Jerez is famous for producing sherry, you simply can’t visit this destination without discovering their unique and vibrant bars to be found on the Ruta de Los Tabancos.

The word Tabanco derives from a combination of an estanco (a small shop) and tabaco (tobacco shop). There are 6 tabancos listed as part of the Ruta de Los Tabancos in the centre of Jerez. These small bars are packed with rustic charm and character, not just aimed at tourists, there were plenty of locals popping in for a sherry or two during our visit.

Our suggestion would be to try a sherry and a tapa in each establishment, I promise it won’t blow your budget, we are talking under €5 for 2 sherry tastings and a tapa to share between 2. The tabancos were all situated within a 400m walking distance. Therefore you don’t need to worry too much about which order to try them in.

These are the different types of sherry you can taste in Jerez de la Frontera.

Fino: Pale / golden in colour, with a sharp & delicate aroma, light and dry on the palate and aged under a veil of yeast known as flor.
Amontillado: Amber in colour, a subtle taste of hazelnut, smooth and full on the palate.
Oloroso: Amber to mahogany in colour, nutty aroma and full bodied.
Palo Cortado: Bright mahogany in colour this sherry combines the smooth qualities of Amontillado with the body of Oloroso.
Pale Cream: Straw in colour, with a delicate bouquet and slightly sweet.
Cream: Mahogany in colour, a sweet sherry produced from Oloroso, velvet palate and full bodied.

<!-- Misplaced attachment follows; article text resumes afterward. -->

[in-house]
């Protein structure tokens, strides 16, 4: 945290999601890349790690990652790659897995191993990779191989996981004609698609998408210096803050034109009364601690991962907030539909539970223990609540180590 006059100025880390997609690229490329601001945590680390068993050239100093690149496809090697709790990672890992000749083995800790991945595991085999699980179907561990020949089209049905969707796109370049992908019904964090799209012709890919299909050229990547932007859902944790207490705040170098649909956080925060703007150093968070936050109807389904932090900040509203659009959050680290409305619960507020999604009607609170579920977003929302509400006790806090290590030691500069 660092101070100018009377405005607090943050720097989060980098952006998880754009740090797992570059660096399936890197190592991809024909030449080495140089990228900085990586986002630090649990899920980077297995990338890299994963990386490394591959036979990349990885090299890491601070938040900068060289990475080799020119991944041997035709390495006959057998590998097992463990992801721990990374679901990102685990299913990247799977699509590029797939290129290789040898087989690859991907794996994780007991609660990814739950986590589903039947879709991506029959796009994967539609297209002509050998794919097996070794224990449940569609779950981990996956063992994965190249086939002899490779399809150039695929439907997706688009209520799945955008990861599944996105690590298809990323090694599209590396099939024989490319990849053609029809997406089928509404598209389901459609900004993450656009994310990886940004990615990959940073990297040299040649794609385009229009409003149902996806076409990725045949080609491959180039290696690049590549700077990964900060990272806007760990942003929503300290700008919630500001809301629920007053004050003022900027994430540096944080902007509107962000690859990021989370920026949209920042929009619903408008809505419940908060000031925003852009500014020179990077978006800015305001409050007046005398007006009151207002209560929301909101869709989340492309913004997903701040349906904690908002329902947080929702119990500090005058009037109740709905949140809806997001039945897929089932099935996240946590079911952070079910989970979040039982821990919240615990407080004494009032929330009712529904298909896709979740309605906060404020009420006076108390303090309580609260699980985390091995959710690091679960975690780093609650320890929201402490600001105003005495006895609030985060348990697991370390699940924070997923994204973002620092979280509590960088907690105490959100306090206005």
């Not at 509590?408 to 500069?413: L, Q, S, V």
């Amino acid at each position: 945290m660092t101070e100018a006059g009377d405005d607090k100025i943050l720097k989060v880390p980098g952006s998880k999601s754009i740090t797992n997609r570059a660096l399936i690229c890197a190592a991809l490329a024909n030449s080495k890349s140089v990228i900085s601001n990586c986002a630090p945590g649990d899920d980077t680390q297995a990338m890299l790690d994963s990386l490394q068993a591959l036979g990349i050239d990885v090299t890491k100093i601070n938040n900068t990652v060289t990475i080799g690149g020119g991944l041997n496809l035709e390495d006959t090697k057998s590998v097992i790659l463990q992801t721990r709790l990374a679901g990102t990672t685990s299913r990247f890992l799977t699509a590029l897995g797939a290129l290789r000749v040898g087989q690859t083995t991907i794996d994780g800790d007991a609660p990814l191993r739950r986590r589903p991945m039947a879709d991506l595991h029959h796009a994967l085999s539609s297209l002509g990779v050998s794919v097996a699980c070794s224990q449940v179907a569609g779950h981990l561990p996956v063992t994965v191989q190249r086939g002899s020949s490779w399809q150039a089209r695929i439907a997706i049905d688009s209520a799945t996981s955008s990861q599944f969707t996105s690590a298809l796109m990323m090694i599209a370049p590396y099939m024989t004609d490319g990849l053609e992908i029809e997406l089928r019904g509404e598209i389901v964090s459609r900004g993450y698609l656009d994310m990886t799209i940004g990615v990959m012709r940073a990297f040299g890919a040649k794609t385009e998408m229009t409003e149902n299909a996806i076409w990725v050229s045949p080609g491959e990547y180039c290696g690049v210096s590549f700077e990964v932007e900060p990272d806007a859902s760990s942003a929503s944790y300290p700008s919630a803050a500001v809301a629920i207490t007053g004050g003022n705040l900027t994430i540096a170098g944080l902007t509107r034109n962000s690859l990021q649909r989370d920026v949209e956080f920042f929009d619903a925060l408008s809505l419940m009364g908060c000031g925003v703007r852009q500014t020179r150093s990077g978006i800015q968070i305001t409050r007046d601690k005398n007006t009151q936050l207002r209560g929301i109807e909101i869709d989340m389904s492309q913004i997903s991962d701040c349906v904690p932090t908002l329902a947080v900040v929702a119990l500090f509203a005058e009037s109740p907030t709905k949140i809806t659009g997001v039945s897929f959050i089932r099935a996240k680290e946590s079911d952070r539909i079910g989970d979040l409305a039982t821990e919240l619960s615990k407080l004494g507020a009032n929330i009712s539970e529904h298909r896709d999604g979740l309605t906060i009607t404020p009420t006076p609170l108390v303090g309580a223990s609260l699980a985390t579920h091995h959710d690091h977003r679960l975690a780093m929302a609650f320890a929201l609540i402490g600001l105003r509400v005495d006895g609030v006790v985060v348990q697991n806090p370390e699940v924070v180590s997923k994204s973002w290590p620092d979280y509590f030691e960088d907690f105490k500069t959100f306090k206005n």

Pedro Ximénez: Dark mahogany in colour, strong aroma of raisin, smooth and sweet in the mouth.

Six tabancos are listed as participating in the Ruta de Los Tabancos in Jerez. We suggest tasting the sherry in the order above if you want to try the different varieties.

Tabanco Las Banderillas (Calle Caballeros 12)
Tabanco San Pablo (Calle San Pablo 12)
Tabanco Plateros (Calle Algarve 35)
Tabanco El Pasaje (Calle Santa Maria 8)
Tabanco La Pandilla (Calle Los Valientes 14)
Tabanco El Guitarrón de San Pedro (Calle Bizcocherros 16)

We visited 4 of the above at lunchtime, if you only have time for one of them, head to El Pasaje!

On our visit we paired our sherry with a tapa, depending on the tapas menu. If you’re not sure what to eat with your drink, don’t be too shy to ask at the bar for some advice and be a bit adventurous.

Tabanco El Pasaje has fabulous service, your bill is chalked up on the bar and they have live flamenco at 14:00 and 21:00 every day. We tasted a cream sherry with a tapa of queso viejo (old cheese) and a tuna ahumado montadito (smoked tuna on bread).

Tabanco Las Banderillas has fabulous memorabilia adorning the walls, we were recommended to try the house special rabo de toro (oxtail / bulls tail), however it was still being prepared in the kitchen, so we made do with a glass of fino and boquerones (anchovies in vinegar).

Tabanco Plateros was quite classy with well dressed local gentlemen partaking in a sherry or two. We paired the Oloroso with chicharrones (pig skin), expecting crispy pork crackling, this was actually cold chunks of cooked meat.

Tabanco San Pablo was disappointing, they were late opening and the garlic dish (ajo campero) we particularly wanted to try with our sherry is only available at the weekends. We tasted Amontillado and left.

Tasting sherry has never been so much fun! We highly recommend going tabanco hopping if you get the chance in Jerez.